Guernsey is currently entirely reliant on landfill for disposing of thousands of tonnes of waste generated each year by local homes, businesses, and other sources. The last available site, at Mont Cuet, is predicted to be full by 2022, and therefore an alternative, long-term and sustainable solution is required.
In January 2014 the States will debate proposals giving further details of the implementation of the new Waste Strategy, which was approved in 2012. These include plans to begin exporting waste for off-island treatment and introducing a new charging system that rewards households that recycle and reduce waste. The new arrangements should be in place from 2016, once the required legislation and on-island processing facilities are in place.
An overview of the Waste Strategy is provided below, and more details of the proposals to be debated by the States in January 2014 are available via this link.
What is Guernsey's Waste Strategy?
In 2012, following extensive public engagement, the States approved a new waste strategy. This prioritises measures to minimise the amount of waste that requires treatment and disposal, and includes new services and facilities to make it easier for islanders to reduce, reuse, and recycle more. It is proposed any remaining waste is then exported for energy recovery and disposal.
Why was the strategy chosen?
The Waste Strategy was developed through extensive public consultation, and all available options were considered. The one chosen performed best when considering all the factors islanders said were most important, which included dealing with waste using the most sustainable means available. The chosen strategy was also the least cost of all the short-listed options, over the life of the Waste Strategy.
How much will it cost islanders?
At present, Guernsey households pay on average around £105 per year for their waste to be dealt with. That is equivalent to less than the price of two litres of milk per week.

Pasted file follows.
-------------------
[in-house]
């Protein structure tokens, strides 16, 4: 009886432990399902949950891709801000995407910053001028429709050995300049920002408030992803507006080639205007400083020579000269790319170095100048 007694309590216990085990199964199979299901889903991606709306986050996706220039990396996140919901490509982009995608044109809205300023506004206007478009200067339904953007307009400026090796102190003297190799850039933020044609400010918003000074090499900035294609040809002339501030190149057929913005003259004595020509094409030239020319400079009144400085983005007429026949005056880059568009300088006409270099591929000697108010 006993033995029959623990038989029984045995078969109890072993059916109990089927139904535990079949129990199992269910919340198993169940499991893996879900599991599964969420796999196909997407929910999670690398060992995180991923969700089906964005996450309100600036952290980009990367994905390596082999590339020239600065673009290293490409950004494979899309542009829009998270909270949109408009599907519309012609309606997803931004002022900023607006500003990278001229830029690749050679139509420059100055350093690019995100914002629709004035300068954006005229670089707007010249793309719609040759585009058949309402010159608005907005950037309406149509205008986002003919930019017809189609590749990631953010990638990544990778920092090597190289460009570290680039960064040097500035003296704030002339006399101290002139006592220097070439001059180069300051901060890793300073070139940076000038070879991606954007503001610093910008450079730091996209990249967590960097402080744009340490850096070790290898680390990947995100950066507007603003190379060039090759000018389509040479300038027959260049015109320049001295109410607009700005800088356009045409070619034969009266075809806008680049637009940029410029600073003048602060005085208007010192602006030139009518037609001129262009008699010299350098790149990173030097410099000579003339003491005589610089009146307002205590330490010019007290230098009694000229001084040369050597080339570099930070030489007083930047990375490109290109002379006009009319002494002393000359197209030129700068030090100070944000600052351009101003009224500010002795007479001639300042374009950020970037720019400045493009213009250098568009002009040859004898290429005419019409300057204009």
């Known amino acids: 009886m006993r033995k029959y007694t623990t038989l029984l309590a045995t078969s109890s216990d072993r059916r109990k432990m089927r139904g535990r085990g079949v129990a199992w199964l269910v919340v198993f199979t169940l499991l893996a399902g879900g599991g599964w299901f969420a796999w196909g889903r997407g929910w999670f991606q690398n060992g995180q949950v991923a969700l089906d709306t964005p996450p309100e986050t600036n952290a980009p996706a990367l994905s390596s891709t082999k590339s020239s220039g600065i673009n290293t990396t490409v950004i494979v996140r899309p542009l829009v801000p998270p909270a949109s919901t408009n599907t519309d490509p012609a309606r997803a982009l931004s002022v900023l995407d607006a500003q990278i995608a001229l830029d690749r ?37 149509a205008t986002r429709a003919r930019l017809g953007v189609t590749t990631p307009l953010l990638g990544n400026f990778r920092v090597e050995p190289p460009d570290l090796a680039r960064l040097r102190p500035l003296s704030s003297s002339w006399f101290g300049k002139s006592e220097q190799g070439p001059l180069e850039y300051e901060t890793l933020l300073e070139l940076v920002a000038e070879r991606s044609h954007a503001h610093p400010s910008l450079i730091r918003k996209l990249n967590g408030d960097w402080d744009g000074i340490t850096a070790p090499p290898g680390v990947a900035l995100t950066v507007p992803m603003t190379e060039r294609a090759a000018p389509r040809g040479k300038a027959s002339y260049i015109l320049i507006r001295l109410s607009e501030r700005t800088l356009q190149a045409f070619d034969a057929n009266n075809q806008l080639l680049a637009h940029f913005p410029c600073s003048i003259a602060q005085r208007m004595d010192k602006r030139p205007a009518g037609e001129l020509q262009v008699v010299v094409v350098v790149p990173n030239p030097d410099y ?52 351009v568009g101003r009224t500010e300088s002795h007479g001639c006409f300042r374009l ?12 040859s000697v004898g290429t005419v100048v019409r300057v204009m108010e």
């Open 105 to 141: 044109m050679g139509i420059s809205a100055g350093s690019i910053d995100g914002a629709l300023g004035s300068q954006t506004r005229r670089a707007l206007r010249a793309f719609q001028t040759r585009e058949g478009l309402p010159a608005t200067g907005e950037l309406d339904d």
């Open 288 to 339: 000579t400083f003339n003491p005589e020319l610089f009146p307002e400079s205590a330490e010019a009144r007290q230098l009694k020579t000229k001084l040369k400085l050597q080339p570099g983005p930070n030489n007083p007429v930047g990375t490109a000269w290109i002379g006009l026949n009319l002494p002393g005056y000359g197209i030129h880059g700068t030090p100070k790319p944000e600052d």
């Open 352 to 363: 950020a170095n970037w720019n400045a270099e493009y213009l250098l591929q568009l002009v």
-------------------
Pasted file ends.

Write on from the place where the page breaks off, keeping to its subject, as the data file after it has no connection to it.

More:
The current estimated cost of the new strategy is around £200 per year.
Why is the new Waste Strategy more expensive?
The current cost for waste management in Guernsey is very low, primarily because it involves simply burying our waste in landfill. In the last 50 years several former quarries have been filled in this way, and the last available one, Mont Cuet, is nearing the end of its life.
A new method of waste disposal will inevitably cost more. However even with all the additional new services and facilities provided in the Waste Strategy, it will still represent a relatively small element of most household's expenditure. Nevertheless the Department is sensitive to the potential impact on islanders of any cost increases, and will strive to ensure these are kept to a minimum.
What is the cost to export waste?
Public Services has received expressions of interest from several operators who would accept the island's waste, including indicative prices. These wil be published in a forthcoming States report.
Why spend so much money on recycling or reducing waste?
Overall, it is about striking the right balance between ensuring waste is dealt with responsibly in a manner that does not present a burden on future generations, but also achieving this in the most cost-effective way. 'Up front' measures such as promoting reuse and recycling will minimise the amount of waste that requires export or other disposal, and therefore reduce the costs of these other elements of the Waste Strategy.
Where can I find out more information?
If you wish to find out more information on the new Waste Strategy, a copy of the proposals approved by the States in 2012 can be downloaded here February 2012 Waste Strategy States Report [5Mb].
If you have any further questions regarding the waste strategy, recycling, or other aspects of waste management then please contact Public Services.
Waste Minimisation Plan
This report provides information on waste minimisation measures to be introduced as part of the waste strategy. It also highlights measures that could be implemented whilst work is continuing on implementing other aspects of the waste strategy, assuming appropriate funding and additional staff resources. To read the full report please see the downloads section of this page.